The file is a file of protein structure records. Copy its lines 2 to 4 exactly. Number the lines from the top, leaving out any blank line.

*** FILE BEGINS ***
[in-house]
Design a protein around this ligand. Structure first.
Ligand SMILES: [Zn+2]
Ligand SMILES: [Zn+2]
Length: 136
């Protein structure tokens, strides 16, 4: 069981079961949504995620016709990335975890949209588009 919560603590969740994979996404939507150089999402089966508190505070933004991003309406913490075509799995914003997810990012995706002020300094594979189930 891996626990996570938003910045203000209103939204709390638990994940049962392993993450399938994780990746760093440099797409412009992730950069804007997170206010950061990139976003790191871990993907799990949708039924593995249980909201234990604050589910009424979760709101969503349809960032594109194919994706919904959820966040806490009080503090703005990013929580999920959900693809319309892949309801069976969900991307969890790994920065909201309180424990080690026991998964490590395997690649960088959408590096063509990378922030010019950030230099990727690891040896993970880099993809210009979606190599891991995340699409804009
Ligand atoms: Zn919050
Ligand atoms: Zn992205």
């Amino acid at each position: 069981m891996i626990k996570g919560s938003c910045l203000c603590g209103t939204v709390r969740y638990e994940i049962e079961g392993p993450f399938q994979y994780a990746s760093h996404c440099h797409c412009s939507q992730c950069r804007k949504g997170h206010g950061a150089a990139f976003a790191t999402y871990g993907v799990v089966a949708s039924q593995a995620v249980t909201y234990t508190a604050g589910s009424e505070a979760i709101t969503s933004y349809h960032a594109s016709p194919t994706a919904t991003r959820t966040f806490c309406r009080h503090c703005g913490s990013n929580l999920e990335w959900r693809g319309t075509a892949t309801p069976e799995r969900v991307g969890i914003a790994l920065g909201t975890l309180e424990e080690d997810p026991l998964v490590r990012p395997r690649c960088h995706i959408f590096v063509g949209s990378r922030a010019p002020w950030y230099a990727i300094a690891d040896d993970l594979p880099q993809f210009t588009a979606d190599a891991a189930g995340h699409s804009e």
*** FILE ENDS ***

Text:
Design a protein around this ligand. Structure first.
Ligand SMILES: [Zn+2]
Ligand SMILES: [Zn+2]